Does Role Playing Improve Moral Reasoning's Structures in Young Children?

Does Role Playing Improve Moral Reasoning's Structures in Young Children?

Veronique Salvano-Pardieu (University of Tours, France), Manon Olivrie (University of Tours, France), Valérie Pennequin (University of Tours, France) and Briony D. Pulford (University of Leicester, UK)
DOI: 10.4018/978-1-7998-1811-3.ch009

Abstract

This chapter presents a research on moral judgment with pre-school and first-year school children. This research promotes, through the use of mimes and role playing, the development of moral reasoning and its components such as Theory of Mind and Perspective Taking of the other. The authors wanted to develop in 5-year-old children the ability to understand the intent of the other in social interactions and moral judgment. According to the authors, if children learn taking into account the perspective of the others through role playing, they will improve their cognitive abilities involved in social interactions and will be more capable of developing Theory of Mind. This will lead them to adopt a more pro-social behavior. This research paves the way to new pedagogical perspectives by showing that developing mime, role playing, and argumentation with young children to explain conflict, impacts the “intention evaluation system”, the theory of mind and system 2 which is involved in rational and controlled reasoning.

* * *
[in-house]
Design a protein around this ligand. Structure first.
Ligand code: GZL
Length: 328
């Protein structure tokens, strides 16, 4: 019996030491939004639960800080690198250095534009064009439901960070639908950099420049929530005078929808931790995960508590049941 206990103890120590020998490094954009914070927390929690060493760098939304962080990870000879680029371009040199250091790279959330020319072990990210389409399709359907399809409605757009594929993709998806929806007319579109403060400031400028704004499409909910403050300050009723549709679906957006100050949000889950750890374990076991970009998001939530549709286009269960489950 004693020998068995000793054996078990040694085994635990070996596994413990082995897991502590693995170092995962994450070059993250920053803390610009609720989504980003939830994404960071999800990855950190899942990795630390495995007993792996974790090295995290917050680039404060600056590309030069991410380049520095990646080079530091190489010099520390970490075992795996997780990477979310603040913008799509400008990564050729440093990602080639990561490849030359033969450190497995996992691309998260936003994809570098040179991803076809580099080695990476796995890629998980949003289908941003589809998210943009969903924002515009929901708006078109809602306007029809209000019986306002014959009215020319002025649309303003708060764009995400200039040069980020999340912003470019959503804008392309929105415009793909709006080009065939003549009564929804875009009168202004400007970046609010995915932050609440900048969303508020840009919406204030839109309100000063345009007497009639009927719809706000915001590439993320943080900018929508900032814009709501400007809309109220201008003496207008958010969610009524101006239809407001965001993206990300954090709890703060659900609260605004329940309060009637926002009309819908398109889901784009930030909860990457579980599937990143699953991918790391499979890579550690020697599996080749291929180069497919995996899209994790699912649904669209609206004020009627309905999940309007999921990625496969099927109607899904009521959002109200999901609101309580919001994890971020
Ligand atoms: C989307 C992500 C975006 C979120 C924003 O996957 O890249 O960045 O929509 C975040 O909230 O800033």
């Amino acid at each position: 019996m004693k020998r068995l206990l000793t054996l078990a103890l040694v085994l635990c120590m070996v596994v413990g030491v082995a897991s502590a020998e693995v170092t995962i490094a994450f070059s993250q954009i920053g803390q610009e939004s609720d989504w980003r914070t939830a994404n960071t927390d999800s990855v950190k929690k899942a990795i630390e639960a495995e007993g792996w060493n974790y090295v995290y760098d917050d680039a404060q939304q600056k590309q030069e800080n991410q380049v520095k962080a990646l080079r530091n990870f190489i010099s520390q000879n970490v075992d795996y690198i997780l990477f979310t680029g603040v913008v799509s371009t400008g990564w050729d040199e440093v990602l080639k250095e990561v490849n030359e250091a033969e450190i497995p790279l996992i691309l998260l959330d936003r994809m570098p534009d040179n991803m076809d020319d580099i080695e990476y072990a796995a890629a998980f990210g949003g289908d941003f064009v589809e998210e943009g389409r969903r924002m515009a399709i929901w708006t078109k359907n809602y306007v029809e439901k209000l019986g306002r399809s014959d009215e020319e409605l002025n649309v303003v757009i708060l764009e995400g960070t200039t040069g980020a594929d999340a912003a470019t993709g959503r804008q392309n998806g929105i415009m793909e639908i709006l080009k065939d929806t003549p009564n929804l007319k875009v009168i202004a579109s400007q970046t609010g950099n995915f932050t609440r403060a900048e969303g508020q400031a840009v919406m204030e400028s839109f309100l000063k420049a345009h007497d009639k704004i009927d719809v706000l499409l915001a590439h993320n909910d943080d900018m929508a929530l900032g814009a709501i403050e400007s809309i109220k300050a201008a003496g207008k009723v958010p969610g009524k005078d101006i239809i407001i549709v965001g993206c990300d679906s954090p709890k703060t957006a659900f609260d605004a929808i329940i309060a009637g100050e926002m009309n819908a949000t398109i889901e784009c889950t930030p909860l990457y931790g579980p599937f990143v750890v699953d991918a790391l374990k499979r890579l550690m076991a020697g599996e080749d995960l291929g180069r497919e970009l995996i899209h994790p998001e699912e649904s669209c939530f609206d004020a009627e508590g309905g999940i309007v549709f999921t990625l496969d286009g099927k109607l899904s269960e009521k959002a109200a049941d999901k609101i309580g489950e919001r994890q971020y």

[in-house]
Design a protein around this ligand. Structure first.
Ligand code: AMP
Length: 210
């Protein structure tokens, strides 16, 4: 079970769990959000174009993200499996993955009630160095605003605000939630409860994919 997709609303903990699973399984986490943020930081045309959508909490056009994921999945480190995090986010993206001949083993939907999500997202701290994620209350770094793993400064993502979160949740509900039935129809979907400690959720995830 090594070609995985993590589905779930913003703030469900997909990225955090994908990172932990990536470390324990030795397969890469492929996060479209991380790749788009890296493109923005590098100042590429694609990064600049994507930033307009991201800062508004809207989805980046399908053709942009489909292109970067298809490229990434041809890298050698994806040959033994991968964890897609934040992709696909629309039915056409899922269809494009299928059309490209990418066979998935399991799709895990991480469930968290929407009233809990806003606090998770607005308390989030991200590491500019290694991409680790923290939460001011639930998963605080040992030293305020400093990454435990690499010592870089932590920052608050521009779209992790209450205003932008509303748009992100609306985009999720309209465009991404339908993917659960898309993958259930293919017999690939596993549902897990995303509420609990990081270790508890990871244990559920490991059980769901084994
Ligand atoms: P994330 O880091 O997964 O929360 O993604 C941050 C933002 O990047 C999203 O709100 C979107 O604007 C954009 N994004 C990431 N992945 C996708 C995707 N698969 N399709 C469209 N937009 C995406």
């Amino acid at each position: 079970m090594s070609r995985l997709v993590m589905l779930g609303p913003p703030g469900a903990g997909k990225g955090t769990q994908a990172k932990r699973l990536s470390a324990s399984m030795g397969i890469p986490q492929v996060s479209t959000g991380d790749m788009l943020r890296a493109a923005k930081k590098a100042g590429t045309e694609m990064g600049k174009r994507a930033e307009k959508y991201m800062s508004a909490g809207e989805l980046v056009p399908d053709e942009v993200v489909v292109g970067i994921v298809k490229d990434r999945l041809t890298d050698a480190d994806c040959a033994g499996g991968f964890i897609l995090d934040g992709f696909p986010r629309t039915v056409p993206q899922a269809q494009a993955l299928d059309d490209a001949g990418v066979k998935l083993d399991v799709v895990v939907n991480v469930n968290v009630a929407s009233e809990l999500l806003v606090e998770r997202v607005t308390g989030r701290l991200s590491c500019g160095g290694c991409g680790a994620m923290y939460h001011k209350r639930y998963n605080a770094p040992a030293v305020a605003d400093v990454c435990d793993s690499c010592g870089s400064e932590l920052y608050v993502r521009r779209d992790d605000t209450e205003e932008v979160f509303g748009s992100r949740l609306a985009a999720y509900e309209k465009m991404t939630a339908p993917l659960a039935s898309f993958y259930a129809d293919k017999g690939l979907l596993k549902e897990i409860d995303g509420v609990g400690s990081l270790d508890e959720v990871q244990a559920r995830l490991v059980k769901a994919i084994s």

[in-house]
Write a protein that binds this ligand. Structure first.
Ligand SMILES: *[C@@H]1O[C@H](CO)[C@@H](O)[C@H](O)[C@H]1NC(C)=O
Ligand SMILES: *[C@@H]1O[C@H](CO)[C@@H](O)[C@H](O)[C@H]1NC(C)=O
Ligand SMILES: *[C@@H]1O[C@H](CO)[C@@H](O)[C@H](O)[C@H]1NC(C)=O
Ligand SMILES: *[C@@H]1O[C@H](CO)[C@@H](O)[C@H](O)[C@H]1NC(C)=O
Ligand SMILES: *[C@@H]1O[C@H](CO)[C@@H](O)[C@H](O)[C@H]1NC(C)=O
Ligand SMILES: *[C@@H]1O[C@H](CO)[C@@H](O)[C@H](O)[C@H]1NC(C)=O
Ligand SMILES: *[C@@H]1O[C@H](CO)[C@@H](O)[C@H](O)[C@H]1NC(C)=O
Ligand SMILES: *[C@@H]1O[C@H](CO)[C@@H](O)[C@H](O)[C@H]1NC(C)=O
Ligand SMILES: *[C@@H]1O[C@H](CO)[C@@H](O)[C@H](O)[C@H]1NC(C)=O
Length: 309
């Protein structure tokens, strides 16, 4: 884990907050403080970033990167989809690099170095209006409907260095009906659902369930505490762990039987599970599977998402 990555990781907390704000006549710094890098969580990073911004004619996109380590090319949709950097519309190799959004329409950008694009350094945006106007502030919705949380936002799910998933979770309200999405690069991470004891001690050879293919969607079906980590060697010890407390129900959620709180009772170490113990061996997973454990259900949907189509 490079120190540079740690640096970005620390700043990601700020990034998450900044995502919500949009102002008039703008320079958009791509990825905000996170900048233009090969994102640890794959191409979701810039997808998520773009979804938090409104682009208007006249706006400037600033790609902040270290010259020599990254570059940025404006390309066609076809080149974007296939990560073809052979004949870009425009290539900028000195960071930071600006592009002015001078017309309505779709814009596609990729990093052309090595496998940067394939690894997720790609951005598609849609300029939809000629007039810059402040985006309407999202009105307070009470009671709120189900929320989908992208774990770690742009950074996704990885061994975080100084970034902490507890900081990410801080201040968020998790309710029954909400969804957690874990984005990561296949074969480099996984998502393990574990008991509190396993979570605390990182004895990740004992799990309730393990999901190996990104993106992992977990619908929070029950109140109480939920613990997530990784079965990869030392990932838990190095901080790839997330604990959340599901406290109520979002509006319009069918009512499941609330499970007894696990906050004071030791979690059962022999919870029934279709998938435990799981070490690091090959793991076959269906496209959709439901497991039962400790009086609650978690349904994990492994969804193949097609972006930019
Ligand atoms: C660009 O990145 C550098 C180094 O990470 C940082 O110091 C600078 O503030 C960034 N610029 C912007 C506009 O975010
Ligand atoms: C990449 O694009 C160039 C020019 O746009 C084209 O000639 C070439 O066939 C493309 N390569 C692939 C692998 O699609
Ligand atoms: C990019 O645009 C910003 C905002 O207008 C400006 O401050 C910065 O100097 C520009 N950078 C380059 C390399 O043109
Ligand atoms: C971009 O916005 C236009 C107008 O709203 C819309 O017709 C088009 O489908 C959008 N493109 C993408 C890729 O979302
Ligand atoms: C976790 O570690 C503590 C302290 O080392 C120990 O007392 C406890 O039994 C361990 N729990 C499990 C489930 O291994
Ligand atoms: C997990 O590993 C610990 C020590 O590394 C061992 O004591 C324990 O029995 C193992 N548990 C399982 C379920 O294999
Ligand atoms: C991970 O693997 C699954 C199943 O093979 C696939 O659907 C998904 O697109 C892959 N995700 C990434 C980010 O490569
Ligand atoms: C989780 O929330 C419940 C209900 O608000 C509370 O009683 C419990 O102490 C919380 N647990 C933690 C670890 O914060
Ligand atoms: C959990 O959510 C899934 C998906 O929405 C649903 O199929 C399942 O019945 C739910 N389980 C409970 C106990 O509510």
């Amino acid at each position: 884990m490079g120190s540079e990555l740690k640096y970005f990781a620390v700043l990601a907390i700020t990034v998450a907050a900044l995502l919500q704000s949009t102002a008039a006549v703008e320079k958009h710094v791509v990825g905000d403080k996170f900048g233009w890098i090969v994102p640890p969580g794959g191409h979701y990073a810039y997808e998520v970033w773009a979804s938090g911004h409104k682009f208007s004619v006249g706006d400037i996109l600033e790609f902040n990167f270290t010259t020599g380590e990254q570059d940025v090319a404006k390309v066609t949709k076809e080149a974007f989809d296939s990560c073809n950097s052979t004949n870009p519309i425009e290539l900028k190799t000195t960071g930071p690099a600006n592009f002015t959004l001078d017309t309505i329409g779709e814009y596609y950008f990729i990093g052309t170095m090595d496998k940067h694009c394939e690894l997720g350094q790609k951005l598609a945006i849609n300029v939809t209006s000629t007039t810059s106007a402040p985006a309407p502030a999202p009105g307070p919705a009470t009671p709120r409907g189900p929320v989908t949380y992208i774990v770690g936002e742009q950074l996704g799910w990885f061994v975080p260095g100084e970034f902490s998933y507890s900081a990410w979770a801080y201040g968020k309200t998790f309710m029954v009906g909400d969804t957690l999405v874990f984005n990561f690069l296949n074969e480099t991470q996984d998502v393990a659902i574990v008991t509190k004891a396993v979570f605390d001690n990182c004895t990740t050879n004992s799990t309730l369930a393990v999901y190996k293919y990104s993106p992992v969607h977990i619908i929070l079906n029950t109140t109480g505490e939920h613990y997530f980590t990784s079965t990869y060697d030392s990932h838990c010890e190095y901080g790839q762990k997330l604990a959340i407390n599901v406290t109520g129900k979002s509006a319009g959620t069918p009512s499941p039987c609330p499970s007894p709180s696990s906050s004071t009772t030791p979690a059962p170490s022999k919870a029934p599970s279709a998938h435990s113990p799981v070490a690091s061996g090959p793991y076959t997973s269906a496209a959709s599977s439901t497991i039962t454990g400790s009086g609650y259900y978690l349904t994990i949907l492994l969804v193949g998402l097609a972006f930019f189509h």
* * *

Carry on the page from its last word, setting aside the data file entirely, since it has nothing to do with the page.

Chapter Preview
Top

Introduction

This chapter presents research on moral judgment with pre-school and first-year school children. The aim of this research project was to promote, through the use of role playing, the development of moral reasoning and its components, such as Theory of Mind and Perspective Taking. Our aim was to develop in 5-year-old children the ability to understand the intent of the other person in social interactions and moral judgment. We contend that if children learn to take into account the perspective of other people by role playing then they will improve their cognitive abilities involved in social interactions and will be more capable of developing Theory of Mind. This should also lead them to adopt more pro-social behaviors. Our research paves the way to new pedagogical perspective by showing that role-playing and argumentation with young children to explain conflict, has an impact on the “intention evaluation system”, the Theory of Mind and system 2, which is involved in rational and controlled reasoning. It also promotes better understanding of social interactions and therefore better social adaptation.

Moral judgment is the process by which one defines and judges what is bad or wrong versus good or right, or ethical versus unethical as established by rational consensus in a social group. Moral judgment regulates social behavior (Malle, Guglielmo, & Monroe, 2012) and allows community life. Recent research on moral judgment claims that the structures within moral judgment rely on different components of which the most important are deontic reasoning, Theory of Mind (ToM) (Fontaine, Salvano-Pardieu, Renoux & Pulford, 2004; Salvano-Pardieu, et al., 2016), emotion and inhibitory control (Buon, Seara-Cardoso, & Viding, 2016). We are inclined to believe that these components are subdivided in two systems, one evaluating the action and its consequence, relying on deontic reasoning and emotion, and the other evaluating the intention of the actor and relying on ToM.

Complete Chapter List

Search this Book:
Reset